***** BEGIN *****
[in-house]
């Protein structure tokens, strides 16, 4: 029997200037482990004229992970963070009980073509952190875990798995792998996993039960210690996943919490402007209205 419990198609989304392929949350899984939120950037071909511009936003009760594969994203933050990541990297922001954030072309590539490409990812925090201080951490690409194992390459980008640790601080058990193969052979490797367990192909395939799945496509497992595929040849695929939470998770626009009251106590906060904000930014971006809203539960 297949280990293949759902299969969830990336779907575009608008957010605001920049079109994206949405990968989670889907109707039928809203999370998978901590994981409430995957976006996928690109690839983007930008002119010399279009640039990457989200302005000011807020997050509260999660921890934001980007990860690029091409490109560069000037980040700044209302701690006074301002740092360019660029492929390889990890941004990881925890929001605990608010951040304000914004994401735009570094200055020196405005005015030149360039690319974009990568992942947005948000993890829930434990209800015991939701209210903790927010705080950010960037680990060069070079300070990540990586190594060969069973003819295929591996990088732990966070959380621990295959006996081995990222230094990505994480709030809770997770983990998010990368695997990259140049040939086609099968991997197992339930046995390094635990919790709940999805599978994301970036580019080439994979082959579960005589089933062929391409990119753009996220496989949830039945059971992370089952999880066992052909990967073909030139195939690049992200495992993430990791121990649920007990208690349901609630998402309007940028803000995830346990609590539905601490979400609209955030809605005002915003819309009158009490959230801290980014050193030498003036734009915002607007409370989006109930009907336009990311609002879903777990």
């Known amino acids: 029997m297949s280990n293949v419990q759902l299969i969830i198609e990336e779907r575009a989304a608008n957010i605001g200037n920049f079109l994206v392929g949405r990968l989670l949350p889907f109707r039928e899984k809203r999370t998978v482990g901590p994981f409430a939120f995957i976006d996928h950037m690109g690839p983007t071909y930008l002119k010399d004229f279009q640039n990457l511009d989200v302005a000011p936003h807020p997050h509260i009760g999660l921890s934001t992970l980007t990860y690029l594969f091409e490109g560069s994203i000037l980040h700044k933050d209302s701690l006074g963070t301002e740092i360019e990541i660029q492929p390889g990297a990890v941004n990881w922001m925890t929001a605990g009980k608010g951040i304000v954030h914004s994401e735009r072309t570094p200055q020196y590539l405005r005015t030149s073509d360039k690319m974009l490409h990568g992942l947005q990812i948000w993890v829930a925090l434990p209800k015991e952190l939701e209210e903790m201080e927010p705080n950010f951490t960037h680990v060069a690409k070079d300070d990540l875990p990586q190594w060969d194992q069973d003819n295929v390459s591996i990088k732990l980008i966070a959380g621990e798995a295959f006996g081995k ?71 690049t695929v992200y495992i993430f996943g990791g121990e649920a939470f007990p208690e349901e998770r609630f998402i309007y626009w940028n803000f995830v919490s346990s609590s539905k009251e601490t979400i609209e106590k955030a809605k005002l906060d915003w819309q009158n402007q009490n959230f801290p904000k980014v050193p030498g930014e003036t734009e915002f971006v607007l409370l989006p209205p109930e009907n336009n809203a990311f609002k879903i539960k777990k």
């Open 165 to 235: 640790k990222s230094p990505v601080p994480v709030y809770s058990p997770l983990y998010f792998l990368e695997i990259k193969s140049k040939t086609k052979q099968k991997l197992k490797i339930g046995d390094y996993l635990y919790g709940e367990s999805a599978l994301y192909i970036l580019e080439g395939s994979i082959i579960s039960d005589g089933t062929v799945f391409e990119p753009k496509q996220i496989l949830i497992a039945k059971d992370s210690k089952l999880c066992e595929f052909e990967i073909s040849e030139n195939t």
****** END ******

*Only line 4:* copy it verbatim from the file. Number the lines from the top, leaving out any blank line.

């Open 165 to 235: 640790k990222s230094p990505v601080p994480v709030y809770s058990p997770l983990y998010f792998l990368e695997i990259k193969s140049k040939t086609k052979q099968k991997l197992k490797i339930g046995d390094y996993l635990y919790g709940e367990s999805a599978l994301y192909i970036l580019e080439g395939s994979i082959i579960s039960d005589g089933t062929v799945f391409e990119p753009k496509q996220i496989l949830i497992a039945k059971d992370s210690k089952l999880c066992e595929f052909e990967i073909s040849e030139n195939t």